5 Tips for Leaving Your Dog Home Alone
While we love enjoying as much time as possible with our furry pals, responsibilities such as going to work or picking up groceries inevitably lead to some time apart…and that's OK! Although you may feel sad or even a little guilty when you and your dog go your separate ways, it actually helps your furry friend acclimate and positively cope with alone time. Whether you're teaching a new pup to spend time on their own or helping an adult dog adjust to a new schedule, follow these tips for leaving your dog home alone.
#1: Create Positive Associations with Alone Time
To begin the process of how to leave your dog home alone, offer your dog fun activities they can enjoy by themselves–even when you are home. This will show them alone time isn't so bad! For example, if you are on the couch watching TV, give your furry friend a dog chew toy to keep them occupied and happy. Without constant attention and affection, your dog will learn how to feel content independently. Make sure to always supervise your dog when they are enjoying a chew toy.
Other ways to teach your pooch to grow comfortable with alone time is either crate training your dog or keeping them in an exercise pen. Try limiting your dog to one of these areas while you are home. To help ensure your dog forms a positive association with their crate or exercise pen, feed them meals or treats while they are in these spaces.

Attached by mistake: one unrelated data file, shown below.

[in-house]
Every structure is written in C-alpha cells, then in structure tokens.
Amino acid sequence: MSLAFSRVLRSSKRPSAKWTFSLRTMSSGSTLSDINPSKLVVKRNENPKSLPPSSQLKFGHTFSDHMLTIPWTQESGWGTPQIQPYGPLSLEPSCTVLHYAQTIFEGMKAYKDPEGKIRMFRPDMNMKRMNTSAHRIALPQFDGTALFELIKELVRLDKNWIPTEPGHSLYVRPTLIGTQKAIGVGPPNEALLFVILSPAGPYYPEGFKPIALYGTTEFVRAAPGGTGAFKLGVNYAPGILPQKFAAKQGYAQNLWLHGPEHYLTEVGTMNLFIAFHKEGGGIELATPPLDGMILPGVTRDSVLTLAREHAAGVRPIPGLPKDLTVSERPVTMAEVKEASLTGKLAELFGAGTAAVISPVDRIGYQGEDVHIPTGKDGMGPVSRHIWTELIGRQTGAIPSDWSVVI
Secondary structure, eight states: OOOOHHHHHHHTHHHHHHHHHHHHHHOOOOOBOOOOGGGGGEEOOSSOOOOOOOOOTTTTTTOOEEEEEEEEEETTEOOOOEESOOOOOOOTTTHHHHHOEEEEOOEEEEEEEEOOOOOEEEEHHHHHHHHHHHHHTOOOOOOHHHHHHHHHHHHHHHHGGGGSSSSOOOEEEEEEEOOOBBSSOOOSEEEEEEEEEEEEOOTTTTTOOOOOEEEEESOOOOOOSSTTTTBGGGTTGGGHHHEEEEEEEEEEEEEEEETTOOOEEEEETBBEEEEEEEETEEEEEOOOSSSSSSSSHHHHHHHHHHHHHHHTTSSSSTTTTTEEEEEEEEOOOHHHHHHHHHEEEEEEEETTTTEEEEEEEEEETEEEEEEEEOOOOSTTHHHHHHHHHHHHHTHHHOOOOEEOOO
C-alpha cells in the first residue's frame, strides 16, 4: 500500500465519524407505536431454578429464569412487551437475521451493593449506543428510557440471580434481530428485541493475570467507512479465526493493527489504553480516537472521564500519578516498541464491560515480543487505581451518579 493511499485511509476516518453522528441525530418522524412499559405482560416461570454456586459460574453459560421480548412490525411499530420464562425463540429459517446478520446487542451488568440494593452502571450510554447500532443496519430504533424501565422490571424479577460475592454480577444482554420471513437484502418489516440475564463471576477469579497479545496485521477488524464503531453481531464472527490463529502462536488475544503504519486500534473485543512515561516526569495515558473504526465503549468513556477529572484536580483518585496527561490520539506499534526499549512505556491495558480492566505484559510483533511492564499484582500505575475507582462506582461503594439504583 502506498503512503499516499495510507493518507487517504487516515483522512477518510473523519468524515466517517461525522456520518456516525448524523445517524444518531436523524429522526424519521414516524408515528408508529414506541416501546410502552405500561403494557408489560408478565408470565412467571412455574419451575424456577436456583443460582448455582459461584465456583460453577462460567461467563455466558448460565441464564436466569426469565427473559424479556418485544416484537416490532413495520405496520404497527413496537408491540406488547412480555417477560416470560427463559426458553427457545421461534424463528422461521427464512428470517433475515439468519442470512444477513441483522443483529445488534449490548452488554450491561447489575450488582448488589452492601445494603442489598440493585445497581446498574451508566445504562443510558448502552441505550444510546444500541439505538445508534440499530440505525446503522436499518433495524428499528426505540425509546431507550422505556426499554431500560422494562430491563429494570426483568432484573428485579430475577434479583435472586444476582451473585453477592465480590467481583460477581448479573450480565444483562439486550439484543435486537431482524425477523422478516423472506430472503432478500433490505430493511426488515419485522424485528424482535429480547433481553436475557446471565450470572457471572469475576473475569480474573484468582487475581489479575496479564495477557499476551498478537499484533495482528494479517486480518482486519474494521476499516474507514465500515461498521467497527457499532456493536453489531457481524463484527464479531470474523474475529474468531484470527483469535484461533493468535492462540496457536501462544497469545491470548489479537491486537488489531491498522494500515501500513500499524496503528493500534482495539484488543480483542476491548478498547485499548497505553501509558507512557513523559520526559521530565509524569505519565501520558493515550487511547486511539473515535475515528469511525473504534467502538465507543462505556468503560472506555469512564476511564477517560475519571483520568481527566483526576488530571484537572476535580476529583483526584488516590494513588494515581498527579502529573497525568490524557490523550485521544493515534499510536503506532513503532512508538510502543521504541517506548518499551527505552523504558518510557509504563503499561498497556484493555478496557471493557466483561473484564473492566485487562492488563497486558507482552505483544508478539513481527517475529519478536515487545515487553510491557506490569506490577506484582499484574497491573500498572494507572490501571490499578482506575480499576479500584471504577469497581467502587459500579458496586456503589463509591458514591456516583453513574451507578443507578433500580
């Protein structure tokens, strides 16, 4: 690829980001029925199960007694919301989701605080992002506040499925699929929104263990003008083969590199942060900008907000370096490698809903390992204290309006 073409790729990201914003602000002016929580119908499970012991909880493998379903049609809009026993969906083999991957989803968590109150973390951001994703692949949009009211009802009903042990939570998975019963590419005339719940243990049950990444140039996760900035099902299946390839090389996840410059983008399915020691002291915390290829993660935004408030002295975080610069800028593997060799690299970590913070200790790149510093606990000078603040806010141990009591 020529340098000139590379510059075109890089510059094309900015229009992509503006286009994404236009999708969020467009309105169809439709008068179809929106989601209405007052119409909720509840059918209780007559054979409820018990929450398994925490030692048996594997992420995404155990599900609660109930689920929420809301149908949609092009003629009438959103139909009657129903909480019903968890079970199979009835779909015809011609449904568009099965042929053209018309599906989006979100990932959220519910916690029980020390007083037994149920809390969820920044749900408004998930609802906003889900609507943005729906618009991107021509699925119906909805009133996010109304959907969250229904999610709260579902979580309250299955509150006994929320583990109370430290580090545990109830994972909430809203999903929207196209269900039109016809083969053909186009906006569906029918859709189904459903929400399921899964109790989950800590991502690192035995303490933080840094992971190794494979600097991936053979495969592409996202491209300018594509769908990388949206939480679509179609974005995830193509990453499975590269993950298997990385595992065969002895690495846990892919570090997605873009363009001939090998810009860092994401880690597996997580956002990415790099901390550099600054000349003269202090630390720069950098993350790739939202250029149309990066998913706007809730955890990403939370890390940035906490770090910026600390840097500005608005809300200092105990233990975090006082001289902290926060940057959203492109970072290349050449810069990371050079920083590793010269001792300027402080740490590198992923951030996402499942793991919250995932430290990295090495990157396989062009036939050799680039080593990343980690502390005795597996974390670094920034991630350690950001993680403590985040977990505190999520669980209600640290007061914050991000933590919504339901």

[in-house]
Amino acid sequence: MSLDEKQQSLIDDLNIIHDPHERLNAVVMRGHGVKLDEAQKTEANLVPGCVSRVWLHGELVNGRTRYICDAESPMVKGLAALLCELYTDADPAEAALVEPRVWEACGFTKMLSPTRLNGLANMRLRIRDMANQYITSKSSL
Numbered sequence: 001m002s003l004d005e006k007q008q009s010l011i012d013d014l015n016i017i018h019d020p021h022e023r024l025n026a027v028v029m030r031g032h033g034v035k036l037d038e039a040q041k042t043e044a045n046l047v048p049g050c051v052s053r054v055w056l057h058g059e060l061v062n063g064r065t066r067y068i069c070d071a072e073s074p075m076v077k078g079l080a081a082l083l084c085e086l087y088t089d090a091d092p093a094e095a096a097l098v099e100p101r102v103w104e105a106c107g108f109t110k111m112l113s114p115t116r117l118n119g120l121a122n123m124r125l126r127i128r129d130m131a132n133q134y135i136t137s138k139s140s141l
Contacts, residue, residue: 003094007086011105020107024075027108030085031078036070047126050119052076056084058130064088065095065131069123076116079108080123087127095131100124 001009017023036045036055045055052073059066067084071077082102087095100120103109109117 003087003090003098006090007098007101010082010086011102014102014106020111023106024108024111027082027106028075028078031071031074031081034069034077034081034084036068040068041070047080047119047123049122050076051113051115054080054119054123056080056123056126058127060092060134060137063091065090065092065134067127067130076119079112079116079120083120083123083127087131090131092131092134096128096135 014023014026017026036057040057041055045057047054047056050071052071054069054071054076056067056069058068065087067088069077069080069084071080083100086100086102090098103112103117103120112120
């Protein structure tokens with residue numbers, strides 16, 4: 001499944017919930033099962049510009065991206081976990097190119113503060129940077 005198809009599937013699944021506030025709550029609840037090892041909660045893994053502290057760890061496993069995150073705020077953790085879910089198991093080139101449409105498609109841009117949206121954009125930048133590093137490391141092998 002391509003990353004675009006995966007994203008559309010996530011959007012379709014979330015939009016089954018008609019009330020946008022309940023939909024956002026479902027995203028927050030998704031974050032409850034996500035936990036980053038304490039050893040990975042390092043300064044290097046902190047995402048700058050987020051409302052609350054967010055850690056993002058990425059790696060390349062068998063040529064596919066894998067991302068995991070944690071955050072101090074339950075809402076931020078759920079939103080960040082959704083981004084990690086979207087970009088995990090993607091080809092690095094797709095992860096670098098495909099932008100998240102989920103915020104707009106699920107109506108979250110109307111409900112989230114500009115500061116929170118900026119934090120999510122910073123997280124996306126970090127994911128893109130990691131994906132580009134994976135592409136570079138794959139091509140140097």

A dedicated spot comes in handy when your dog is home alone, especially because you likely want to limit access throughout the house when you're gone for extended periods. Although you can start with leaving your dog in a crate while you are out, it should only be used as a temporary place for them to stay until you trust them to roam around in a larger, closed-off space.
#2: Gradually Increase the Amount of Time Your Pup is Alone
Going from sticking by your furry friend's side twenty-four seven to leaving your dog home alone for a full workday requires some preparation, so it's best to start gradual and ease your pup into the transition. If possible, practice leaving the house for a short period of time and then slowly increase the duration.